At last week’s Inside Quantum Technology conference, I had the privilege to moderate the “Quantum Software” panel and discuss with world-class speakers from the quantum software ecosystem: Christopher Savoie, CEO and founder of Zapata Computing, Damien Nguyen, physicist and software engineer/researcher at Huawei ProjectQ, and Adriaan Rol, director Research & Development at Orange Quantum Systems.

US-based Zapata Computing is offering a platform to run classical and quantum workflows in complex hybrid environments that can be found in large enterprises. “It’s not just the algorithm itself, but it’s the entire environment; we work from the user’s problem all the way down to the hardware layer to be able to offer that advantage as the hardware emerges,” said Savoie.

Huawei Technologies is developing its own software stack for quantum computing. “We provide support to have possibly multiple types of hardware that you can use to solve the problems,” said Nguyen. “My involvement is mainly on the compiler side.”

Orange Quantum Systems is focusing on providing full stack quantum systems. “Our team has helped more than ever to develop Quantum Inspire, Europe’s first quantum computer in the cloud,” said Rol. “The other side is specifically focused on the calibration and characterization product. So, we did a lot of software developments, from the hardware up to expose that to the algorithm developers, and I think one of the key things is really that there’s a lot of software engineering that goes into that, and making sure that we actually execute all these algorithms, and make use of older hardware specific tips and tricks. It can really create this quantum advantage.”

Quantum programming

The advent of quantum computers has created the need for a development environment that is both accessible and easy to use.

Encoding a quantum program is a bit different from what we are used to when creating classical programs; we have to go down into the abstraction levels of computers and use logic gates to manipulate data, basically following the same mindset that Alan Turing had when he created his Turing machine. In this case, we are talking about a Quantum Turing machine that performs calculations on various qubits.

Python was built to be as readable as possible and is an early tool used in the programming of quantum computers. Python is a kind of lingua franca, as Savoie pointed out. In fact, it is a programming language that allows many people to enter many fields and design solutions at the quantum level and in machine learning, thus offering the possibility to interact with many hardware devices by having libraries that are easy to use and implement.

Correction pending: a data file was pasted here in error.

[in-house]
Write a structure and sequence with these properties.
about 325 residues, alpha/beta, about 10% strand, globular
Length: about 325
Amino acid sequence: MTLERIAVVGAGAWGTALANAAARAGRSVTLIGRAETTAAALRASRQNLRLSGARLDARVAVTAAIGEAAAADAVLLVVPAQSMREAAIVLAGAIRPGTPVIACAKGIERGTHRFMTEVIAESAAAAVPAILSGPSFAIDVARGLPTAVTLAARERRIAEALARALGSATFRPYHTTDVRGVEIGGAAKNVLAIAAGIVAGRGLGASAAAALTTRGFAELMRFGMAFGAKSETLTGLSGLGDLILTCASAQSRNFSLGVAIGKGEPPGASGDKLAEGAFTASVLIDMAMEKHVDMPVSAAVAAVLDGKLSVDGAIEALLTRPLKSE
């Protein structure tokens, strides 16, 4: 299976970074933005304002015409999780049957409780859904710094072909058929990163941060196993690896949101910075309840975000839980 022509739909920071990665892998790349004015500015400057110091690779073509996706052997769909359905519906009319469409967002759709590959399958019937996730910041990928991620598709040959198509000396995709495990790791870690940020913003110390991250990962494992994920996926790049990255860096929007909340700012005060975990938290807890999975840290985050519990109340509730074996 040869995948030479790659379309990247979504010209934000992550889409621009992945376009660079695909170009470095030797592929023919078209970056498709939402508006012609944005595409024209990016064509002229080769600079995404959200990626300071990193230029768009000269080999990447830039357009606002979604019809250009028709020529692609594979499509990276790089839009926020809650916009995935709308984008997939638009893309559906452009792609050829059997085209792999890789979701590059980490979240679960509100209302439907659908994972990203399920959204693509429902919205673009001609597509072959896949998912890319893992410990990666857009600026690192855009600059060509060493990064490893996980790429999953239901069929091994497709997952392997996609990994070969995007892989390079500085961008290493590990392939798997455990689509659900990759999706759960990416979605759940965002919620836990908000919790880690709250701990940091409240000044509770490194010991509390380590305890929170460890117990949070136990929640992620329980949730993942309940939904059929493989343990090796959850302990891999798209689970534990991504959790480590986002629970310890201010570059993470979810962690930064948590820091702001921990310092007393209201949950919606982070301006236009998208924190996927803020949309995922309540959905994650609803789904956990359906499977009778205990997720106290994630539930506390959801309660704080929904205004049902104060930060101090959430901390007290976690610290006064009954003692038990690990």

Phython’s experience with widely used FPGAs leads us into an awareness of what is going on in the hardware and it’s time-critical. Roll thinks that the fact that time has a physical meaning is one of the key features that makes quantum programming very different. So if you delay in operation, you’re doing something completely different, teaching the qubits different things.

“Python was chosen because it is the simplest language, easily accessible to everyone,” said Nguyen. “There is no compiler to set up with libraries. It’s a bit like the iPhone, there’s an app for that, but in Python there’s a library that solves almost all the problems.”

Standardization

Standardization in quantum terms is crucial. Roll said that there is an attempt to interface the control software and make use of all the particularities of the hardware so that all experiments of a scientific nature can be done. At the same time, the platform must retain its usefulness for different configurations, thus requiring standardization.

This is a very important process to ensure the widespread use of quantum computers. It is currently in an experimental phase, but we will soon see solutions at a commercial level. The most important thing is not really to have the maximum number of qubits. Even a small number of low-noise qubits can satisfy many applications.

The first quantum advantage in production reality will come with quantum machine learning. “By using related techniques, it is possible to use a relatively small quantum device to produce probability distributions that are very difficult to achieve in a standard way,” said Savoie. “You don’t have to change the infrastructure of what we’re doing with neural networks. I really think it’s very promising in the short term.”

As Rol pointed out, calibration and characterization are two important areas in quantum software. This bottleneck will require a lot of work over the next few years to get a quantum system to finally do its job.

Damien’s idea is to have a flexible open-source community so that everyone can speak a single language to better finalize the activities of a quantum computer.